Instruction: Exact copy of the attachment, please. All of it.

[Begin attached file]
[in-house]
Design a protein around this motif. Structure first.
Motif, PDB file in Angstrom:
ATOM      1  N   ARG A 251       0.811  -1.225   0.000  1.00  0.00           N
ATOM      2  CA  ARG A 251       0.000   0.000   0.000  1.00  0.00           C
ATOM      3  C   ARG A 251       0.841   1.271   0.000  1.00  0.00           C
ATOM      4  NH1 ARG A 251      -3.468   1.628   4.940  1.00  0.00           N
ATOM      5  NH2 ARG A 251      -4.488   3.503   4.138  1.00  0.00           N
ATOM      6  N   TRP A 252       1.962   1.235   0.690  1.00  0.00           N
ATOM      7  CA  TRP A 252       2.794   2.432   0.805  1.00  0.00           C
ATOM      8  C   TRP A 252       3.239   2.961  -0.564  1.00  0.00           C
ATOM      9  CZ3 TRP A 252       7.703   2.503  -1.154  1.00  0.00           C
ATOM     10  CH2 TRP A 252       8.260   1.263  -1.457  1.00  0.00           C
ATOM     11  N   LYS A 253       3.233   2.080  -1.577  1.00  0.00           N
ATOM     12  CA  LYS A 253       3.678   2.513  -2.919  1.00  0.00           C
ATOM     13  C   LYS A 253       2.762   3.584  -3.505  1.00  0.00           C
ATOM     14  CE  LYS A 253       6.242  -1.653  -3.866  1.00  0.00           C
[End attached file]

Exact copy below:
[in-house]
Design a protein around this motif. Structure first.
Motif, PDB file in Angstrom:
ATOM      1  N   ARG A 251       0.811  -1.225   0.000  1.00  0.00           N
ATOM      2  CA  ARG A 251       0.000   0.000   0.000  1.00  0.00           C
ATOM      3  C   ARG A 251       0.841   1.271   0.000  1.00  0.00           C
ATOM      4  NH1 ARG A 251      -3.468   1.628   4.940  1.00  0.00           N
ATOM      5  NH2 ARG A 251      -4.488   3.503   4.138  1.00  0.00           N
ATOM      6  N   TRP A 252       1.962   1.235   0.690  1.00  0.00           N
ATOM      7  CA  TRP A 252       2.794   2.432   0.805  1.00  0.00           C
ATOM      8  C   TRP A 252       3.239   2.961  -0.564  1.00  0.00           C
ATOM      9  CZ3 TRP A 252       7.703   2.503  -1.154  1.00  0.00           C
ATOM     10  CH2 TRP A 252       8.260   1.263  -1.457  1.00  0.00           C
ATOM     11  N   LYS A 253       3.233   2.080  -1.577  1.00  0.00           N
ATOM     12  CA  LYS A 253       3.678   2.513  -2.919  1.00  0.00           C
ATOM     13  C   LYS A 253       2.762   3.584  -3.505  1.00  0.00           C
ATOM     14  CE  LYS A 253       6.242  -1.653  -3.866  1.00  0.00           C